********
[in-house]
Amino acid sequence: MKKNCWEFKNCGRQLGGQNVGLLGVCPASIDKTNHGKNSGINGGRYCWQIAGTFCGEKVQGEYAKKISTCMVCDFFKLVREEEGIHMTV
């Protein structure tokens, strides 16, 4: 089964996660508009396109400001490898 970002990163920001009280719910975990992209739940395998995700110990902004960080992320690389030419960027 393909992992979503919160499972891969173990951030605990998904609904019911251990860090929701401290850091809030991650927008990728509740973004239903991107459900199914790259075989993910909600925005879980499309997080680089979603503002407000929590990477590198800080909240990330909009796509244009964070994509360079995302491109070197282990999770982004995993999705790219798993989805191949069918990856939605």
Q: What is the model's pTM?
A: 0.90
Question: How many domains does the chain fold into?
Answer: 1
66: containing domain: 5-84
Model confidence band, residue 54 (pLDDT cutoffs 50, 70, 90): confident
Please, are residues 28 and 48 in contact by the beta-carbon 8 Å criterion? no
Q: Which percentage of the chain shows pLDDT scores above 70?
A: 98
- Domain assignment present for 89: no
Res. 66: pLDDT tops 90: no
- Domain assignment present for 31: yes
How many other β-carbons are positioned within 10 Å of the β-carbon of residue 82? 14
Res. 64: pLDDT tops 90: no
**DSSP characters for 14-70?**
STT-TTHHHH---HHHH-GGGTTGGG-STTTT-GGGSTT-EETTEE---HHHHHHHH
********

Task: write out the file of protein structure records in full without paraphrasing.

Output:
[in-house]
Amino acid sequence: MKKNCWEFKNCGRQLGGQNVGLLGVCPASIDKTNHGKNSGINGGRYCWQIAGTFCGEKVQGEYAKKISTCMVCDFFKLVREEEGIHMTV
């Protein structure tokens, strides 16, 4: 089964996660508009396109400001490898 970002990163920001009280719910975990992209739940395998995700110990902004960080992320690389030419960027 393909992992979503919160499972891969173990951030605990998904609904019911251990860090929701401290850091809030991650927008990728509740973004239903991107459900199914790259075989993910909600925005879980499309997080680089979603503002407000929590990477590198800080909240990330909009796509244009964070994509360079995302491109070197282990999770982004995993999705790219798993989805191949069918990856939605």
Q: What is the model's pTM?
A: 0.90
Question: How many domains does the chain fold into?
Answer: 1
66: containing domain: 5-84
Model confidence band, residue 54 (pLDDT cutoffs 50, 70, 90): confident
Please, are residues 28 and 48 in contact by the beta-carbon 8 Å criterion? no
Q: Which percentage of the chain shows pLDDT scores above 70?
A: 98
- Domain assignment present for 89: no
Res. 66: pLDDT tops 90: no
- Domain assignment present for 31: yes
How many other β-carbons are positioned within 10 Å of the β-carbon of residue 82? 14
Res. 64: pLDDT tops 90: no
**DSSP characters for 14-70?**
STT-TTHHHH---HHHH-GGGTTGGG-STTTT-GGGSTT-EETTEE---HHHHHHHH